A few nights ago, a good friend called me to pass on some disturbing news. A mutual friend of ours had been diagnosed with prostate cancer. I knew immediately that I had to call him and offer my support. So I called. I heard the phone ring, and then received an electronic message asking me to leave a message. Suddenly I realized I didn’t know what to say.
I had expected to hear his voice or that of his always cheerful wife. I had anticipated that we would engage in conversation where I could express my feelings and assure him that everything would turn out alright. I had thought I would let him know how much I valued him as a friend.
Suddenly it was just me and empty air space, and I had to try and convey the reason for my call to a machine. They say there are times when the best response is silence. In retrospect, I think this was one of those times. I stumbled through a few words to let him know we were thinking of him and asking him to keep us abreast of how things were going. And then, in closing, I said the stupidest thing I could have said. I said “have a nice day”.
I can’t get that out of my mind. Over fifteen years ago, my wife was diagnosed with throat cancer. I was still working at the time and this friend was one of my peers. I still remember how he approached me and offered his support. I remember how over the years in our occasional phone conversations and emails, he never failed to ask about how she is doing. The annual Christmas cards with their best wishes for our good health. He could never know how much I appreciated that. And now, he is confronting his own demons, and I told him to have a nice day.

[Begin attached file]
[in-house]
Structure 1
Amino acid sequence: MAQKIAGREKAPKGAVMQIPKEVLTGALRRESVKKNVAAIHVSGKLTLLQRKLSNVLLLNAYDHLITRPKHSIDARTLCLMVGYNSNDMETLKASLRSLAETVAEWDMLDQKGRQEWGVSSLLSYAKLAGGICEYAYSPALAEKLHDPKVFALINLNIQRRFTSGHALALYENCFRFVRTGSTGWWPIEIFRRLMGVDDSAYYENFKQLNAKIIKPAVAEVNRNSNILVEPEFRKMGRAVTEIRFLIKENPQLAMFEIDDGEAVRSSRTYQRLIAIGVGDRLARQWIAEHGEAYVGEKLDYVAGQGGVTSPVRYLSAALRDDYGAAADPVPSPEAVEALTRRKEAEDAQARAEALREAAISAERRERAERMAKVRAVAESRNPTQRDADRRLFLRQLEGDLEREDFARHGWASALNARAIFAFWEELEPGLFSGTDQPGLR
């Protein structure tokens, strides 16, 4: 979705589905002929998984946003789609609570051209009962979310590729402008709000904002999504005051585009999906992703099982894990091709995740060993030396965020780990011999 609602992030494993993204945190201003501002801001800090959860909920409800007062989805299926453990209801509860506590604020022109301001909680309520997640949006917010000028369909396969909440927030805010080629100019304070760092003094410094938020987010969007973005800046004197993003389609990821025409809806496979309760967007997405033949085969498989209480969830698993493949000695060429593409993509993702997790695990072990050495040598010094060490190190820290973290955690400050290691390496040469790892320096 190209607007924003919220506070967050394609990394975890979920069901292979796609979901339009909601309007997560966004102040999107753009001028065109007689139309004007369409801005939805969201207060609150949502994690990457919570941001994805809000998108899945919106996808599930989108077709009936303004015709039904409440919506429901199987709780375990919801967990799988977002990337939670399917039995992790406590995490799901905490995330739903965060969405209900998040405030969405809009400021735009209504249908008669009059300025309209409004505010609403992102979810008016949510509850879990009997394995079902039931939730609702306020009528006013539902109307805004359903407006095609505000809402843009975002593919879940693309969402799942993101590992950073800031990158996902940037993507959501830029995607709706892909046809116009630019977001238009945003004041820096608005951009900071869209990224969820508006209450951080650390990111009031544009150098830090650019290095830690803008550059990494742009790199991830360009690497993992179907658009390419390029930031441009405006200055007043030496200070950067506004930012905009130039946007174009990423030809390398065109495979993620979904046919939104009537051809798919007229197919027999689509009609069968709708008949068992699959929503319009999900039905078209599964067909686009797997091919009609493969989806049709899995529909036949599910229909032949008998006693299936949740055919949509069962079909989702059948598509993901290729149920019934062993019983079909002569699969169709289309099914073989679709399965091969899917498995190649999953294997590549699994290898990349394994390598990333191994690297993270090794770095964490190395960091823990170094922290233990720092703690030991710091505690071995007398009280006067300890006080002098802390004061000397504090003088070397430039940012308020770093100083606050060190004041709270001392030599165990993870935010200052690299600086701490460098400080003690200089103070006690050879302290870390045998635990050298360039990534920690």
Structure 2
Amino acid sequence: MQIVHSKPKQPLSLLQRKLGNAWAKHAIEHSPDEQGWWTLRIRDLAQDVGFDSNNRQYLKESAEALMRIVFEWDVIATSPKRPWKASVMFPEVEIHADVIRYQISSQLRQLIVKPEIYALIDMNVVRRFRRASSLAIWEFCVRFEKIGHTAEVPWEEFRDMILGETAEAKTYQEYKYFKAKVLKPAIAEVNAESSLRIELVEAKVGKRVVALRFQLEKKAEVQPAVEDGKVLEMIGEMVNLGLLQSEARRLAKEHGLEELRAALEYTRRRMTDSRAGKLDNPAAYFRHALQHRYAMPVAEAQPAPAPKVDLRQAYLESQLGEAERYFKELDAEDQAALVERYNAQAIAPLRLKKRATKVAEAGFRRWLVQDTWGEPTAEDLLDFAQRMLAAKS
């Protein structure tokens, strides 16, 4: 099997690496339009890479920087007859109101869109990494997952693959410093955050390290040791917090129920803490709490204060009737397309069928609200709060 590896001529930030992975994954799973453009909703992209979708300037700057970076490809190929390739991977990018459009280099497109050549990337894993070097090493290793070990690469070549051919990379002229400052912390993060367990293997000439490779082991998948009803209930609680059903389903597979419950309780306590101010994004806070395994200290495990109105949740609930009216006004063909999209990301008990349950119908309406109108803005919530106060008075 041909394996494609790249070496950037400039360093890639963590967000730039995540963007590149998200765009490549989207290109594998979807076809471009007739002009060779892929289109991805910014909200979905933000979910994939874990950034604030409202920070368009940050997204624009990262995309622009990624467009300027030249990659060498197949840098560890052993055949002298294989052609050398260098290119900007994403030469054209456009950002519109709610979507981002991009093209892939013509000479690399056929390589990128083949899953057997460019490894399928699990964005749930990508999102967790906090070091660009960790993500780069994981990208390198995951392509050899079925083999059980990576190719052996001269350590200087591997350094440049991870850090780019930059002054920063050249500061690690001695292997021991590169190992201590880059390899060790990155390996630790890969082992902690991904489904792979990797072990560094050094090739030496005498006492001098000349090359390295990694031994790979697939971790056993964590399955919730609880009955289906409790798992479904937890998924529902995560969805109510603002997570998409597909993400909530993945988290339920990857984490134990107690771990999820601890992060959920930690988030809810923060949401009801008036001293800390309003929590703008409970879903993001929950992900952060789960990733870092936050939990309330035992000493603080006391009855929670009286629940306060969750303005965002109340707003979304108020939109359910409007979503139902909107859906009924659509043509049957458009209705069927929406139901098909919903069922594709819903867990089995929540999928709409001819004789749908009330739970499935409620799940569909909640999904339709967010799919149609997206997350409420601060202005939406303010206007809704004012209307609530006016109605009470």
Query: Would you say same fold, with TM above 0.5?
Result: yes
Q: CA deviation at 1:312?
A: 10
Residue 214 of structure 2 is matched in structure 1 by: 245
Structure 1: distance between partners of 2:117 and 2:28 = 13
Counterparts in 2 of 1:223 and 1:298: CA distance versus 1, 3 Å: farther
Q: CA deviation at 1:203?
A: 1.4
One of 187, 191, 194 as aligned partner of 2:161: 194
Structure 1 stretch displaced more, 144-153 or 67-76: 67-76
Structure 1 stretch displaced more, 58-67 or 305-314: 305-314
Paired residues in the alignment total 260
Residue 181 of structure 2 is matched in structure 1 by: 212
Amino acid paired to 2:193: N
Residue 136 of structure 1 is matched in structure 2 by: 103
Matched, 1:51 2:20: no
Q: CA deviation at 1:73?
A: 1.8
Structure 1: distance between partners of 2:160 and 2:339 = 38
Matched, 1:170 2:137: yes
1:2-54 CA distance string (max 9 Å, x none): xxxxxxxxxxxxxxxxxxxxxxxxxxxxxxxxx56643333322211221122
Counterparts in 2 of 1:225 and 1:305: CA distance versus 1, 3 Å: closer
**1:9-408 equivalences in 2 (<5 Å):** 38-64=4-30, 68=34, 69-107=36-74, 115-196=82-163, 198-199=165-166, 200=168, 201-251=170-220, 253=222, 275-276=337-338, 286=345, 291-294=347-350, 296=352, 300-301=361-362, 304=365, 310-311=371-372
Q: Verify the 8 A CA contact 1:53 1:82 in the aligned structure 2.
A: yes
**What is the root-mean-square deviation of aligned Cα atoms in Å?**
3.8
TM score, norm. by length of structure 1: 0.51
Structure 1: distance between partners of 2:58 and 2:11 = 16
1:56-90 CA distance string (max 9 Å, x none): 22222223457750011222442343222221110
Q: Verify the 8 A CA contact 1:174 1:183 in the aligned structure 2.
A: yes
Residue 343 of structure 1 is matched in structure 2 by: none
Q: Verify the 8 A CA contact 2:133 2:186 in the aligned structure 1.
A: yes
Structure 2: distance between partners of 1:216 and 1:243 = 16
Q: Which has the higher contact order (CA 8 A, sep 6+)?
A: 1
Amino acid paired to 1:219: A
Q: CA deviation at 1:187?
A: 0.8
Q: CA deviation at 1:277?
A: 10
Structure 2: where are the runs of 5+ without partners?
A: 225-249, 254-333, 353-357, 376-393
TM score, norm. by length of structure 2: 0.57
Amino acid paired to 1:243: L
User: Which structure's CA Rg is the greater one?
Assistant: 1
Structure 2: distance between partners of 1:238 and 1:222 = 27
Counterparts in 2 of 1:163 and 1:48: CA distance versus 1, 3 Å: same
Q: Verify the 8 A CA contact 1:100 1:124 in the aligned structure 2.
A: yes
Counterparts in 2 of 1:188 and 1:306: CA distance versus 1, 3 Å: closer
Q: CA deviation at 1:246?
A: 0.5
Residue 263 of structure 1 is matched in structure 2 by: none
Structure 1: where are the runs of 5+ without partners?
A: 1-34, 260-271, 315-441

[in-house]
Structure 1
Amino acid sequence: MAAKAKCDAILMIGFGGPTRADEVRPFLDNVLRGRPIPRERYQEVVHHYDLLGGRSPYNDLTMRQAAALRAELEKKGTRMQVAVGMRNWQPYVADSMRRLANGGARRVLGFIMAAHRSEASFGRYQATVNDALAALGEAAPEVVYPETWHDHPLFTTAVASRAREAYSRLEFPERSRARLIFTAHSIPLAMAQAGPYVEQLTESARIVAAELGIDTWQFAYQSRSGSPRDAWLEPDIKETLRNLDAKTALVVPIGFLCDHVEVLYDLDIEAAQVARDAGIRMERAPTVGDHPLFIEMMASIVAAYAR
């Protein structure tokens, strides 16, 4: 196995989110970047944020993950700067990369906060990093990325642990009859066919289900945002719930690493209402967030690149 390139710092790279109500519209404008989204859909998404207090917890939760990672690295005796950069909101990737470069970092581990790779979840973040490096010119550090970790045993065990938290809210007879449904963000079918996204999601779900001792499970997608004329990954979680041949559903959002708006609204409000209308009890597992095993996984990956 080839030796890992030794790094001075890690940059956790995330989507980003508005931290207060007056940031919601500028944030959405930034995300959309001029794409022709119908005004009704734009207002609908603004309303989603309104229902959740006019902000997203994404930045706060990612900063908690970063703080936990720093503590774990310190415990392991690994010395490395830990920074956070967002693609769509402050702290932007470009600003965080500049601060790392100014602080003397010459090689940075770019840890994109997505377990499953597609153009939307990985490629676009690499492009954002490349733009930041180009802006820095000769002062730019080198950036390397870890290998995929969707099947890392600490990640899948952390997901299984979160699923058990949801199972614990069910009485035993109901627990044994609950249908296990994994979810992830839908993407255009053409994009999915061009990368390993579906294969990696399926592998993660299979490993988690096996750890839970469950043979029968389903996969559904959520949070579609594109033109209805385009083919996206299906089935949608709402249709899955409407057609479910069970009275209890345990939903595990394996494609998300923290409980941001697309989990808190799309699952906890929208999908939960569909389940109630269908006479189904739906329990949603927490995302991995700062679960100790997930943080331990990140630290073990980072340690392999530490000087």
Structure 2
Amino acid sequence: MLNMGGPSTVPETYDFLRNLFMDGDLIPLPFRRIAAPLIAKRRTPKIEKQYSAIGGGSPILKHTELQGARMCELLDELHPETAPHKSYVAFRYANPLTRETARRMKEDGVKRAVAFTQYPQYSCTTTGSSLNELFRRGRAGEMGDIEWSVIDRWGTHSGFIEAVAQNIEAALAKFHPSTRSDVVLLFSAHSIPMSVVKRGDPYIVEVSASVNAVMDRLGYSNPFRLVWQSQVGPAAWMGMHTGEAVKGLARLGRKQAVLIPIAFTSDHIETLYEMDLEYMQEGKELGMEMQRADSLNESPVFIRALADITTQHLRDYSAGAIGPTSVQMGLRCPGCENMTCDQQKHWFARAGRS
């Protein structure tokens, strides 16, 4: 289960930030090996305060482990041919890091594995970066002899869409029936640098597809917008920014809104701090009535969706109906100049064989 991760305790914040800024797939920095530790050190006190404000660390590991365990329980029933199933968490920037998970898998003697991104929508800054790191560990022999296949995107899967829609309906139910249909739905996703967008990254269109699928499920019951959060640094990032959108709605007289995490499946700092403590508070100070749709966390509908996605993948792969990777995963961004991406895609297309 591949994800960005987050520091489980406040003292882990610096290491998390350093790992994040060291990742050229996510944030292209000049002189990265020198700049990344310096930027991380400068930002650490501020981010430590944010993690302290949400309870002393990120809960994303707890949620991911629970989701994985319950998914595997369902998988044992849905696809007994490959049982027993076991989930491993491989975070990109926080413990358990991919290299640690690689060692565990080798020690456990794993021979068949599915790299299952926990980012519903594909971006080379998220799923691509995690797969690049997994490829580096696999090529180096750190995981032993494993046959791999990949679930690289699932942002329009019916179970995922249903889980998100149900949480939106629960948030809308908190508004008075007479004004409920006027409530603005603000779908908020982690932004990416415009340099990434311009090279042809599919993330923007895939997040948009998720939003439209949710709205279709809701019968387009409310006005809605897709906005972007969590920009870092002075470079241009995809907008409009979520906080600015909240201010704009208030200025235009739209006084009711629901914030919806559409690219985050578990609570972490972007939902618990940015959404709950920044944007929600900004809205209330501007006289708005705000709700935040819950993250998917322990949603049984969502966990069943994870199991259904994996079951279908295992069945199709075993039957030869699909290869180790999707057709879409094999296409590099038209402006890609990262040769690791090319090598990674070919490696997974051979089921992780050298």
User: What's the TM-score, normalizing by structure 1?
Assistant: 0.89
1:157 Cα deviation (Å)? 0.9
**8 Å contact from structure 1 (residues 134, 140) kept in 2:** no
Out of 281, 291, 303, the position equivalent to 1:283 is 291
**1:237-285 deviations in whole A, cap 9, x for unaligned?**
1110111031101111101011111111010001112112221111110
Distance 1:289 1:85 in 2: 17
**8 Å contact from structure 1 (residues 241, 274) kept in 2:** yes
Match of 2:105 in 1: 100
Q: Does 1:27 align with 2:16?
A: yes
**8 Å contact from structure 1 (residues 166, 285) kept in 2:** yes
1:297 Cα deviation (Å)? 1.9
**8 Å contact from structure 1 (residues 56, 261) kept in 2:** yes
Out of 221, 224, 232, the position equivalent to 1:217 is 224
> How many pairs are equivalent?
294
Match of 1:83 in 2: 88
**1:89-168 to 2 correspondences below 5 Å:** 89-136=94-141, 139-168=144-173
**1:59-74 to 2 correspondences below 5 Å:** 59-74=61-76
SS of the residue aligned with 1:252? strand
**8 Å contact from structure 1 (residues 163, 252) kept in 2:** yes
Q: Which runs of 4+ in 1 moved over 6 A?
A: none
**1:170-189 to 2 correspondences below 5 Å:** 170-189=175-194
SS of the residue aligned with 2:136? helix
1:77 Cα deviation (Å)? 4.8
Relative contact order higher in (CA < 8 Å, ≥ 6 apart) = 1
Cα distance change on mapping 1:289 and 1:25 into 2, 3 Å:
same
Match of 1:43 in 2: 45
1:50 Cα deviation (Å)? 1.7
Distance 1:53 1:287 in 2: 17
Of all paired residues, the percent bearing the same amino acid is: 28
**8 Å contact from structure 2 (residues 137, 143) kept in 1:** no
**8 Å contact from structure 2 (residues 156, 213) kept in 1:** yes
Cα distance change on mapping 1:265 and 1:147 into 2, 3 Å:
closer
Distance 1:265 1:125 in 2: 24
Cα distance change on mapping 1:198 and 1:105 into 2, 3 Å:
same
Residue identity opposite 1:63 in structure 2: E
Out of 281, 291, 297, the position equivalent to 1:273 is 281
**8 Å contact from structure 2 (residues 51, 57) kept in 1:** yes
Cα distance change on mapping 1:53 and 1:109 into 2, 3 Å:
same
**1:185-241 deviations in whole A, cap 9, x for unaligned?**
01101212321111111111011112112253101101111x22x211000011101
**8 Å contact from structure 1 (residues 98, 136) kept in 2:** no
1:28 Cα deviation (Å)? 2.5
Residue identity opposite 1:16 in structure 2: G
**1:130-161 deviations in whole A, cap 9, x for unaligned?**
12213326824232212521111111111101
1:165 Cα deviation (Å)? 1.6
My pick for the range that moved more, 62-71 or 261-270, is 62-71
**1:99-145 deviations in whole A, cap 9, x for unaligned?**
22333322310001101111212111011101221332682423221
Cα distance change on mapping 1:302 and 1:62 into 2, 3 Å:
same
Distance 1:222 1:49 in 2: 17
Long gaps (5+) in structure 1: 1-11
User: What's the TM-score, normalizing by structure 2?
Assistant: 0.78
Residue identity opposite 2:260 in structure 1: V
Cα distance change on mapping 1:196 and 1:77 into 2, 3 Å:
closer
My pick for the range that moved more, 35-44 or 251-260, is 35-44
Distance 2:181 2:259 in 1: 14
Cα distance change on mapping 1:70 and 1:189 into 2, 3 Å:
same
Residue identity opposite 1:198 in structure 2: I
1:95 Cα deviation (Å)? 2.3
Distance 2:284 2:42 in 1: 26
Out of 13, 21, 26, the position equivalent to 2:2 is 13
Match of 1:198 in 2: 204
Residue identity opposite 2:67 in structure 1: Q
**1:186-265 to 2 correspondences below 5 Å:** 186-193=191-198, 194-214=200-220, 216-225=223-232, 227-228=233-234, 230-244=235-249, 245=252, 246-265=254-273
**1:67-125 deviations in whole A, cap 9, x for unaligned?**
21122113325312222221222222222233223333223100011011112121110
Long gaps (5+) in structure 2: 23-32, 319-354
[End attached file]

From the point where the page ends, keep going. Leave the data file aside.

By now, he is being subjected to frequent doses of radiation treatment. My wife went through that, and I can assure you, most days were not nice days. All the trips to the radiation center, sitting in the waiting room with other patients and their loved ones, most wearing forced smiles. The muted conversation, and nervous laughter. And of course, there were the side effects created by the treatments, both physical and emotional. But also in the room, there was an almost palpable feeling of hope that helped sustain all of us.
It was that feeling of hope that I wanted to convey to my friend. I wanted him to know that I value him as a friend and I want everything to turn out all right. I wanted to let his wife know that we are here, thinking about her too as we know the burden she carries. I wanted to let them know that we can relate to what they are feeling, what they are living. I wanted to tell them that, in the face of it all, to try and stay positive. Look for the small improvements. Embrace every day as a new day, not another yesterday. I want them to know that we care. They are both important to us. They will remain in our thoughts and our prayers while they fight this thing. I want them to know that my “have a nice day” comment, however misplaced at the moment, is in fact my wish for them. A wish for sunny days and happy times ahead. I could wish for nothing less.